Grundarkirkja church, being such a historic church, is declared as protected.
This beautiful church is located in Eyjafjörður on road 821 a little bit further away than Hrafnagil and the Christmas House, some 20 km away from the Capital City of the North - Akureyri. It stands on one's left-hand side and is only a 2-minute drive from the road. It is most likely closed to the public by now due to increased traffic.
In the innermost part of Eyjafjörður, you will find Saurbæjarkirkja turf church, which is one of the few turf churches left in Iceland and the biggest one of the original turf churches. It was erected in 1858.
I have dedicated a special travel-blog to Saurbæjarkirkja turf church, as these few remaining turf churches in Iceland are to me pure gems. There is only a handful left of these beautiful turf churches in Iceland, but in the olden days, all the churches in Iceland were made of turf.
At Saurbær the remains of one of 14 of Iceland's convents have been found.
Saurbæjarkirkja church is located by road 821 just above Smámunasafnið Museum - the Sverrir Hermannsson's Sundry Collection, from where you can get the key to the church in the summertime. It might be closed to visitors by now.
Möðruvallakirkja church is one of two churches with the same name in this area, this one is called Möðruvallakirkja in Eyjafjörður and the other one is called Möðruvallakirkja in Hörgárdalur valley, north of Akureyri.
The current church at Möðruvellir in Eyjafjörður was built in 1847 and consecrated in 1848. It has got no tower but a big wooden cross. The most precious relic in Möðruvallakirkja church is an altarpiece (triptych) from Nottingham, England, made of alabaster, donated to the church in 1484. It is a true masterpiece and I was actually surprised to see such an old altarpiece still in the church and not at our National Museum.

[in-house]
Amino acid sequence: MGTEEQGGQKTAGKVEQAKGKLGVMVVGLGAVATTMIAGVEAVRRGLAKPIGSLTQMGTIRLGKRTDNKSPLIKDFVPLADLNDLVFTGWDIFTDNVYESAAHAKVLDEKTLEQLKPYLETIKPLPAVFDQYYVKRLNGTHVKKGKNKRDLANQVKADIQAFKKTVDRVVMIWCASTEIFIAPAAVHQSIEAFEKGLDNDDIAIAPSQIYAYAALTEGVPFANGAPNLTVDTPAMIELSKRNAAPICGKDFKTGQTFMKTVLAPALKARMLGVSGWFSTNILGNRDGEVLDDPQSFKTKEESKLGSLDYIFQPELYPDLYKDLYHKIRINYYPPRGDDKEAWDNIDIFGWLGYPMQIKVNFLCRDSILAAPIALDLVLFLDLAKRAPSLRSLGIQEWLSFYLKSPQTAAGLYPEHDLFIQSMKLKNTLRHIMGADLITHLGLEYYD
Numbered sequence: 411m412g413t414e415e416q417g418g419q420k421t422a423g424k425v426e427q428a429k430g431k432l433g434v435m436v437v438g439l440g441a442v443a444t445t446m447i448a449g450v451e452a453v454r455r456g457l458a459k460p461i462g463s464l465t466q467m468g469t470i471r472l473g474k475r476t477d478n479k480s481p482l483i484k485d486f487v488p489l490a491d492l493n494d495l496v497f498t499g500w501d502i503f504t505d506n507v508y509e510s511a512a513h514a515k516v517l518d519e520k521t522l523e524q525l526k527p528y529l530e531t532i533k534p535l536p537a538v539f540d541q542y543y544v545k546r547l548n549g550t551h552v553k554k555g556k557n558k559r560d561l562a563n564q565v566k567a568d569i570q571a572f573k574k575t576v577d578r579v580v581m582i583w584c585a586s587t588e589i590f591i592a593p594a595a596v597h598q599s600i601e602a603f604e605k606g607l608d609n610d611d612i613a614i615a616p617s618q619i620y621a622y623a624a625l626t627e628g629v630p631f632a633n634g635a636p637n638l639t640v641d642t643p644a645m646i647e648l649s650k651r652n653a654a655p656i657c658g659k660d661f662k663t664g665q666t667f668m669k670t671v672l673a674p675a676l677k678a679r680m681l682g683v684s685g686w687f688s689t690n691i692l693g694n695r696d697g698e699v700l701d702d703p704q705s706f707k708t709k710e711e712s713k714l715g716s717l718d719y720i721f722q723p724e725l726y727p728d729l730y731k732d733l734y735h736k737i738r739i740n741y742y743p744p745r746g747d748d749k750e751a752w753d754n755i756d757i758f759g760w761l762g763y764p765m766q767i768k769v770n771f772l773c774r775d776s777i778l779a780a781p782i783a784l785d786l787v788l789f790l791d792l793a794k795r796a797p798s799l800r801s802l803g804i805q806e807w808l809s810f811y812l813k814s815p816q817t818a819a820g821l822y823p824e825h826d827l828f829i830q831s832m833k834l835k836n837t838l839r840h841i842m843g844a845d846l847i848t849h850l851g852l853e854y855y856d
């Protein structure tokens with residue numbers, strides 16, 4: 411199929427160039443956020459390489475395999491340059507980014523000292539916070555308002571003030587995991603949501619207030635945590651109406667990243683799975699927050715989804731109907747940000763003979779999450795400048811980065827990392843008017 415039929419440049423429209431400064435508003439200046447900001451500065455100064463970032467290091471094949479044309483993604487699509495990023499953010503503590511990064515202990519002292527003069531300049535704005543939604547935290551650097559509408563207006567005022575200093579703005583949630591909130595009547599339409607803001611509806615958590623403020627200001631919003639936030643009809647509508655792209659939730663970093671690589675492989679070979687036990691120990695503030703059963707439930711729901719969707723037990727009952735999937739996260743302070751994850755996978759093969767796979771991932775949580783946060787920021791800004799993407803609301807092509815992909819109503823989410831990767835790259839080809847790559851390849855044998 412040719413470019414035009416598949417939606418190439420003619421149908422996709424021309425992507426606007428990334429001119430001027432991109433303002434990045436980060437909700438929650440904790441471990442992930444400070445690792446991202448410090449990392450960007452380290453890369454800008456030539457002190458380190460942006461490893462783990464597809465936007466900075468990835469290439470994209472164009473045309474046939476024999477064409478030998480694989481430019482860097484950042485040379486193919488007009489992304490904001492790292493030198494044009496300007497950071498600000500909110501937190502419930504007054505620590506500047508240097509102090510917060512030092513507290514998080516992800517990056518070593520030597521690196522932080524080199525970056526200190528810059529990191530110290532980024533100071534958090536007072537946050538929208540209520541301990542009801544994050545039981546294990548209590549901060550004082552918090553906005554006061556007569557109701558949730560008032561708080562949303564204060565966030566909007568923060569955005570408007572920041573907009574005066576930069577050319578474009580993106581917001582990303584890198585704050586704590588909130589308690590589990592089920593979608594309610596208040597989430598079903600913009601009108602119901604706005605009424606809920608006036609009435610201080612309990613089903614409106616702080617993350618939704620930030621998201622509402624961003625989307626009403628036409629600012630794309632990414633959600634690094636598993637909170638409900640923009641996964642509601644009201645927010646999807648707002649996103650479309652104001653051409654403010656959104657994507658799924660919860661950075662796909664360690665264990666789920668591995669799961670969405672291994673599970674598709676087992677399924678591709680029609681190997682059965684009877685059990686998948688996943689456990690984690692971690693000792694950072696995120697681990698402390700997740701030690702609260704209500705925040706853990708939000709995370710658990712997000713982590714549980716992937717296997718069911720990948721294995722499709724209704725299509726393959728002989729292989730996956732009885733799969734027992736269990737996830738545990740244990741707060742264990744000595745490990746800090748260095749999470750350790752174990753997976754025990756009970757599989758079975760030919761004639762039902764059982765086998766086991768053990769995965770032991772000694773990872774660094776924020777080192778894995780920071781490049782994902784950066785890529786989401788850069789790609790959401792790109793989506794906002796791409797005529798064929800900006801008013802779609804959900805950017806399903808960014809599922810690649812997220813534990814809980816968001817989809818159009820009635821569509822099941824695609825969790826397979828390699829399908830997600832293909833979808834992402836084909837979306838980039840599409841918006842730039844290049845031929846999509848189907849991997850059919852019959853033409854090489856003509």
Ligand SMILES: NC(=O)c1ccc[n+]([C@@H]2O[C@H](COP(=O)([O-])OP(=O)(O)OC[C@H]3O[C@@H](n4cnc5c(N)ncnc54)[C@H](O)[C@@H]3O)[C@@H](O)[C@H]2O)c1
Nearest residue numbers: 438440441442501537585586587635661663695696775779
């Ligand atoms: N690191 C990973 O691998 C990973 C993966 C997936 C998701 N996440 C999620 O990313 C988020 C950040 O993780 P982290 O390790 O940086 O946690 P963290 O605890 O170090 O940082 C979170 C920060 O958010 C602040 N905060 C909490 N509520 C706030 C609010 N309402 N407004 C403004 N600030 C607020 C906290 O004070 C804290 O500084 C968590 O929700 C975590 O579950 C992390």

Catholic churches at Möðruvellir were dedicated to St. Martin.
It was impossible to get a good photo of the triptych due to the light
The belfry at Möðruvellir, dating back to 1780, is the only one left of its kind in Iceland. The bells are also old (for Iceland), dating back to 1769, 1799 and 1867. The belfry is preserved and belongs to Þjóðminjasafnið - the National Museum of Iceland since 1962, but the church itself belongs to the farmer at Möðruvellir.
Most of our churches are locked nowadays as they have been vandalized, but we usually ask the farmer for the key to the church. My husband has the "job" of asking the farmers for the keys to the churches, that is why you see me standing in front of the church door in the first photo, waiting for him to come back with the key ;)